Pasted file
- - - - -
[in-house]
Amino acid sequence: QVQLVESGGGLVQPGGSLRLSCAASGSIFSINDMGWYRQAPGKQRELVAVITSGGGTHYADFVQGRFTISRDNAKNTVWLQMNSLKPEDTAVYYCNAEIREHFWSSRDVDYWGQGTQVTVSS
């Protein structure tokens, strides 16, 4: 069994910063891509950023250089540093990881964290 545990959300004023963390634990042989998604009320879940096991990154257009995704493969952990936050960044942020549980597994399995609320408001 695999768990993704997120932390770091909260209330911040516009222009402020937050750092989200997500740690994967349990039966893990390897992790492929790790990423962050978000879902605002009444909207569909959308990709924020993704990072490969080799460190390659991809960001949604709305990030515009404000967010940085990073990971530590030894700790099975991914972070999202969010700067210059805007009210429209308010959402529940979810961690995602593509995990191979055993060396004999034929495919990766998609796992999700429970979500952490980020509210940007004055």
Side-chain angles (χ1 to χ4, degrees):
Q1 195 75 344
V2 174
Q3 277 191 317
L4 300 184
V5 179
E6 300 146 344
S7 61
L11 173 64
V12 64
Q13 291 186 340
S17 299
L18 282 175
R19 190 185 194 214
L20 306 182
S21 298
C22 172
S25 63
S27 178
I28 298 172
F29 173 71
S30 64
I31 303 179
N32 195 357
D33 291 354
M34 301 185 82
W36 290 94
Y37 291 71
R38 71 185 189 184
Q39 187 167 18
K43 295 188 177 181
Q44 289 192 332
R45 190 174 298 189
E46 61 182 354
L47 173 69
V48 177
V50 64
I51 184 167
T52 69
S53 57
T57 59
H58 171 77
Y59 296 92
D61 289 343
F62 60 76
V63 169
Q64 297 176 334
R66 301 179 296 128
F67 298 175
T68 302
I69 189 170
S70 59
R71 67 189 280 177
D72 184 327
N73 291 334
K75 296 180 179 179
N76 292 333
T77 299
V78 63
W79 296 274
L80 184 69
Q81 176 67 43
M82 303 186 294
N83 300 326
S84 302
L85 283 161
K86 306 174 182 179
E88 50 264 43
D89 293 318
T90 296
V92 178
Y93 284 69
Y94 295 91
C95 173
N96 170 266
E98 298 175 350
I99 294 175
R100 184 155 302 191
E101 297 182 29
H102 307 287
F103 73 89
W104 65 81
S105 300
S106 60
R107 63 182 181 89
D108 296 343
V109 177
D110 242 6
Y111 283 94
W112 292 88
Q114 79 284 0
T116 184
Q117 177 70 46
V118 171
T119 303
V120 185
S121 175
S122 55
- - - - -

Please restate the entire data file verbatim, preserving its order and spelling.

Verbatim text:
[in-house]
Amino acid sequence: QVQLVESGGGLVQPGGSLRLSCAASGSIFSINDMGWYRQAPGKQRELVAVITSGGGTHYADFVQGRFTISRDNAKNTVWLQMNSLKPEDTAVYYCNAEIREHFWSSRDVDYWGQGTQVTVSS
């Protein structure tokens, strides 16, 4: 069994910063891509950023250089540093990881964290 545990959300004023963390634990042989998604009320879940096991990154257009995704493969952990936050960044942020549980597994399995609320408001 695999768990993704997120932390770091909260209330911040516009222009402020937050750092989200997500740690994967349990039966893990390897992790492929790790990423962050978000879902605002009444909207569909959308990709924020993704990072490969080799460190390659991809960001949604709305990030515009404000967010940085990073990971530590030894700790099975991914972070999202969010700067210059805007009210429209308010959402529940979810961690995602593509995990191979055993060396004999034929495919990766998609796992999700429970979500952490980020509210940007004055």
Side-chain angles (χ1 to χ4, degrees):
Q1 195 75 344
V2 174
Q3 277 191 317
L4 300 184
V5 179
E6 300 146 344
S7 61
L11 173 64
V12 64
Q13 291 186 340
S17 299
L18 282 175
R19 190 185 194 214
L20 306 182
S21 298
C22 172
S25 63
S27 178
I28 298 172
F29 173 71
S30 64
I31 303 179
N32 195 357
D33 291 354
M34 301 185 82
W36 290 94
Y37 291 71
R38 71 185 189 184
Q39 187 167 18
K43 295 188 177 181
Q44 289 192 332
R45 190 174 298 189
E46 61 182 354
L47 173 69
V48 177
V50 64
I51 184 167
T52 69
S53 57
T57 59
H58 171 77
Y59 296 92
D61 289 343
F62 60 76
V63 169
Q64 297 176 334
R66 301 179 296 128
F67 298 175
T68 302
I69 189 170
S70 59
R71 67 189 280 177
D72 184 327
N73 291 334
K75 296 180 179 179
N76 292 333
T77 299
V78 63
W79 296 274
L80 184 69
Q81 176 67 43
M82 303 186 294
N83 300 326
S84 302
L85 283 161
K86 306 174 182 179
E88 50 264 43
D89 293 318
T90 296
V92 178
Y93 284 69
Y94 295 91
C95 173
N96 170 266
E98 298 175 350
I99 294 175
R100 184 155 302 191
E101 297 182 29
H102 307 287
F103 73 89
W104 65 81
S105 300
S106 60
R107 63 182 181 89
D108 296 343
V109 177
D110 242 6
Y111 283 94
W112 292 88
Q114 79 284 0
T116 184
Q117 177 70 46
V118 171
T119 303
V120 185
S121 175
S122 55